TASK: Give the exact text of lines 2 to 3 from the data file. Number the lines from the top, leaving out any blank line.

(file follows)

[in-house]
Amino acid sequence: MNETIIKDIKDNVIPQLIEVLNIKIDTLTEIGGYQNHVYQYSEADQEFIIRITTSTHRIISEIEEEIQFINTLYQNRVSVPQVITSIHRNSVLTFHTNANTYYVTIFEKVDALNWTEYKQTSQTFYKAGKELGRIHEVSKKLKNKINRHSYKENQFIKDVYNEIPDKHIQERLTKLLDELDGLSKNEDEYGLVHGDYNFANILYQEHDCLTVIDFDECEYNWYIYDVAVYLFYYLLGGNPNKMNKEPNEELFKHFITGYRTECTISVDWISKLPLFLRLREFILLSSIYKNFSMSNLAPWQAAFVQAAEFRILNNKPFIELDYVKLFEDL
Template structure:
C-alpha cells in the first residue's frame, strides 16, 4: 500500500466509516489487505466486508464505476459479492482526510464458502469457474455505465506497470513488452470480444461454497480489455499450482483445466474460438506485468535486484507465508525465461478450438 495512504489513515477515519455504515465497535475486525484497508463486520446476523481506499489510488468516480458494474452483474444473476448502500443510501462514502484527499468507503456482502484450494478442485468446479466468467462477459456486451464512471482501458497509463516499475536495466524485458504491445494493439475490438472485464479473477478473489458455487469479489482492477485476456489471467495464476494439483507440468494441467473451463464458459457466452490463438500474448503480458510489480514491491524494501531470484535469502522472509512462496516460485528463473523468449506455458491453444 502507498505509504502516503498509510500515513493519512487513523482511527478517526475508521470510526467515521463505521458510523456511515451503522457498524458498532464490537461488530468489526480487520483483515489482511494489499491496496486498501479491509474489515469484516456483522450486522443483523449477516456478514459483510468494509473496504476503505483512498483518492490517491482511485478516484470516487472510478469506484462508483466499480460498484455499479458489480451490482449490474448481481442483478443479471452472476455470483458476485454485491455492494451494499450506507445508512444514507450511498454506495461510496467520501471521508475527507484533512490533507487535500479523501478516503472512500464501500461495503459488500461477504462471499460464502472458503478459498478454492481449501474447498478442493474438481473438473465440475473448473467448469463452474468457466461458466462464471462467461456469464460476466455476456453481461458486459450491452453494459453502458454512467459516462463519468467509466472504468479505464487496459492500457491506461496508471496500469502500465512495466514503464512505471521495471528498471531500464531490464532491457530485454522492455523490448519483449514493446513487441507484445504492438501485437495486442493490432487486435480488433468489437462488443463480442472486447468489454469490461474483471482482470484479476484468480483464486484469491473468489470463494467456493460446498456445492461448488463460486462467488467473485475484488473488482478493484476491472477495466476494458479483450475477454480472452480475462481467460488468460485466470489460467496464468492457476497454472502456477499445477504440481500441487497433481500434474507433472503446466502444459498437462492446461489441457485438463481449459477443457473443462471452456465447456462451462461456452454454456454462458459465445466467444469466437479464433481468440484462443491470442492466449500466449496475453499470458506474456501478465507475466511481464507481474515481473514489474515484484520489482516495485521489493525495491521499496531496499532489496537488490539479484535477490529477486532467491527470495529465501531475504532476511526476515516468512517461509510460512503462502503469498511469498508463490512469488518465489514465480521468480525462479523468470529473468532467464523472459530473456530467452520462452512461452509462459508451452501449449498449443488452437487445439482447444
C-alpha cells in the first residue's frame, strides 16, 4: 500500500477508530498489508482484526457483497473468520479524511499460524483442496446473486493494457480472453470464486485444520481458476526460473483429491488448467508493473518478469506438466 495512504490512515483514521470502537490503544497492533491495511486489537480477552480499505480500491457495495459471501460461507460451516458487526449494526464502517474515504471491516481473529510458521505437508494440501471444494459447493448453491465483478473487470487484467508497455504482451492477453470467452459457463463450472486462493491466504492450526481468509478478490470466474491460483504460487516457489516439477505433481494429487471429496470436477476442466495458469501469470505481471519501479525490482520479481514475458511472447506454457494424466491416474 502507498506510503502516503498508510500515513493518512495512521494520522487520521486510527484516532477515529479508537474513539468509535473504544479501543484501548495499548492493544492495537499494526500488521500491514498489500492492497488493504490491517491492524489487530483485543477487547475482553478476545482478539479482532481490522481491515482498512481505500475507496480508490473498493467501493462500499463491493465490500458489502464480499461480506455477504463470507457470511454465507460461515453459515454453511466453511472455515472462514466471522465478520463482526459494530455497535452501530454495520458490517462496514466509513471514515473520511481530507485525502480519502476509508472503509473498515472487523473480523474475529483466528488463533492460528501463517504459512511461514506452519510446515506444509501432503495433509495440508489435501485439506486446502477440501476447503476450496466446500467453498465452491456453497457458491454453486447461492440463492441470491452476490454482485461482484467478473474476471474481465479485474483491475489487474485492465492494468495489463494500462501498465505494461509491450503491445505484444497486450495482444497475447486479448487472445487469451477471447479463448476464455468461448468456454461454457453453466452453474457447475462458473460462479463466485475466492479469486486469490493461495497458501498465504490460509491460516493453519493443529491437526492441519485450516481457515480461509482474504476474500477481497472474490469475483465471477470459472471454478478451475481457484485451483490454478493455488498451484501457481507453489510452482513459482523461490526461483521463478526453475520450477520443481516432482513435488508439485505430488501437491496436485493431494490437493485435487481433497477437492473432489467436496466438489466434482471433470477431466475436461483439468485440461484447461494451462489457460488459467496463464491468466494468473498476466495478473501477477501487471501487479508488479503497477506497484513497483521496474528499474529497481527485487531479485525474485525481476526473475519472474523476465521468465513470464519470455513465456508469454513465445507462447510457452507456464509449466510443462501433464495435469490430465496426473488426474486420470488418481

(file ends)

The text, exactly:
Amino acid sequence: MNETIIKDIKDNVIPQLIEVLNIKIDTLTEIGGYQNHVYQYSEADQEFIIRITTSTHRIISEIEEEIQFINTLYQNRVSVPQVITSIHRNSVLTFHTNANTYYVTIFEKVDALNWTEYKQTSQTFYKAGKELGRIHEVSKKLKNKINRHSYKENQFIKDVYNEIPDKHIQERLTKLLDELDGLSKNEDEYGLVHGDYNFANILYQEHDCLTVIDFDECEYNWYIYDVAVYLFYYLLGGNPNKMNKEPNEELFKHFITGYRTECTISVDWISKLPLFLRLREFILLSSIYKNFSMSNLAPWQAAFVQAAEFRILNNKPFIELDYVKLFEDL
Template structure: